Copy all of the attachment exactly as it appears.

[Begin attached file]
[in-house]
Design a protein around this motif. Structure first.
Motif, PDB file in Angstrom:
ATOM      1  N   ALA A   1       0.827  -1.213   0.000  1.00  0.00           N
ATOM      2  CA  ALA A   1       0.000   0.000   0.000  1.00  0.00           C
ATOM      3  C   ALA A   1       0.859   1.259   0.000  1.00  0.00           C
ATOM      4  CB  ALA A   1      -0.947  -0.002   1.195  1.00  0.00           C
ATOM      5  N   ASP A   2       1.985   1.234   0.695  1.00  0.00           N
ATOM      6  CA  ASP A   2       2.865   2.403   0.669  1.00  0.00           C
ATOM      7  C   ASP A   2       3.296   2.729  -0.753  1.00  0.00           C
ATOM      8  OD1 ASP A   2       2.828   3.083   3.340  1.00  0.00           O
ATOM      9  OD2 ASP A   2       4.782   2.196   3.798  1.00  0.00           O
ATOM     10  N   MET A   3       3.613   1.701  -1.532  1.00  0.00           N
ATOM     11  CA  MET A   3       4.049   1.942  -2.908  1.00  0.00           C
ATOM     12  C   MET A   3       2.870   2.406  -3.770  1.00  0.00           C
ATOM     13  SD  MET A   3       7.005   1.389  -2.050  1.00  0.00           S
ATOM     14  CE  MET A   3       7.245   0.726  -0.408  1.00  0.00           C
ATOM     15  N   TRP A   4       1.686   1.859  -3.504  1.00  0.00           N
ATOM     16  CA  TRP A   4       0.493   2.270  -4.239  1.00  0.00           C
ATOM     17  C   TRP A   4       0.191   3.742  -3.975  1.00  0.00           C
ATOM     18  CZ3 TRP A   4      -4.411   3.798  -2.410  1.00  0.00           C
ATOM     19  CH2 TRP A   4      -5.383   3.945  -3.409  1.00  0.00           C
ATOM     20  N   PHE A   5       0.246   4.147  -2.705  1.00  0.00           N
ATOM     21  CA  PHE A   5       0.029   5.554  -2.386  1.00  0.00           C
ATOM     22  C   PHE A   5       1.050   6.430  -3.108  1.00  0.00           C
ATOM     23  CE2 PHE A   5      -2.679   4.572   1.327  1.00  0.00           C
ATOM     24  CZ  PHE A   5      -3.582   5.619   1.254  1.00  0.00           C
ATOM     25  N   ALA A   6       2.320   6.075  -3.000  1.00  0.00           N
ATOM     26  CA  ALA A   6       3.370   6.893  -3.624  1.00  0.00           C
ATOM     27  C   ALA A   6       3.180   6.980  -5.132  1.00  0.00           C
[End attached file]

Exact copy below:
[in-house]
Design a protein around this motif. Structure first.
Motif, PDB file in Angstrom:
ATOM      1  N   ALA A   1       0.827  -1.213   0.000  1.00  0.00           N
ATOM      2  CA  ALA A   1       0.000   0.000   0.000  1.00  0.00           C
ATOM      3  C   ALA A   1       0.859   1.259   0.000  1.00  0.00           C
ATOM      4  CB  ALA A   1      -0.947  -0.002   1.195  1.00  0.00           C
ATOM      5  N   ASP A   2       1.985   1.234   0.695  1.00  0.00           N
ATOM      6  CA  ASP A   2       2.865   2.403   0.669  1.00  0.00           C
ATOM      7  C   ASP A   2       3.296   2.729  -0.753  1.00  0.00           C
ATOM      8  OD1 ASP A   2       2.828   3.083   3.340  1.00  0.00           O
ATOM      9  OD2 ASP A   2       4.782   2.196   3.798  1.00  0.00           O
ATOM     10  N   MET A   3       3.613   1.701  -1.532  1.00  0.00           N
ATOM     11  CA  MET A   3       4.049   1.942  -2.908  1.00  0.00           C
ATOM     12  C   MET A   3       2.870   2.406  -3.770  1.00  0.00           C
ATOM     13  SD  MET A   3       7.005   1.389  -2.050  1.00  0.00           S
ATOM     14  CE  MET A   3       7.245   0.726  -0.408  1.00  0.00           C
ATOM     15  N   TRP A   4       1.686   1.859  -3.504  1.00  0.00           N
ATOM     16  CA  TRP A   4       0.493   2.270  -4.239  1.00  0.00           C
ATOM     17  C   TRP A   4       0.191   3.742  -3.975  1.00  0.00           C
ATOM     18  CZ3 TRP A   4      -4.411   3.798  -2.410  1.00  0.00           C
ATOM     19  CH2 TRP A   4      -5.383   3.945  -3.409  1.00  0.00           C
ATOM     20  N   PHE A   5       0.246   4.147  -2.705  1.00  0.00           N
ATOM     21  CA  PHE A   5       0.029   5.554  -2.386  1.00  0.00           C
ATOM     22  C   PHE A   5       1.050   6.430  -3.108  1.00  0.00           C
ATOM     23  CE2 PHE A   5      -2.679   4.572   1.327  1.00  0.00           C
ATOM     24  CZ  PHE A   5      -3.582   5.619   1.254  1.00  0.00           C
ATOM     25  N   ALA A   6       2.320   6.075  -3.000  1.00  0.00           N
ATOM     26  CA  ALA A   6       3.370   6.893  -3.624  1.00  0.00           C
ATOM     27  C   ALA A   6       3.180   6.980  -5.132  1.00  0.00           C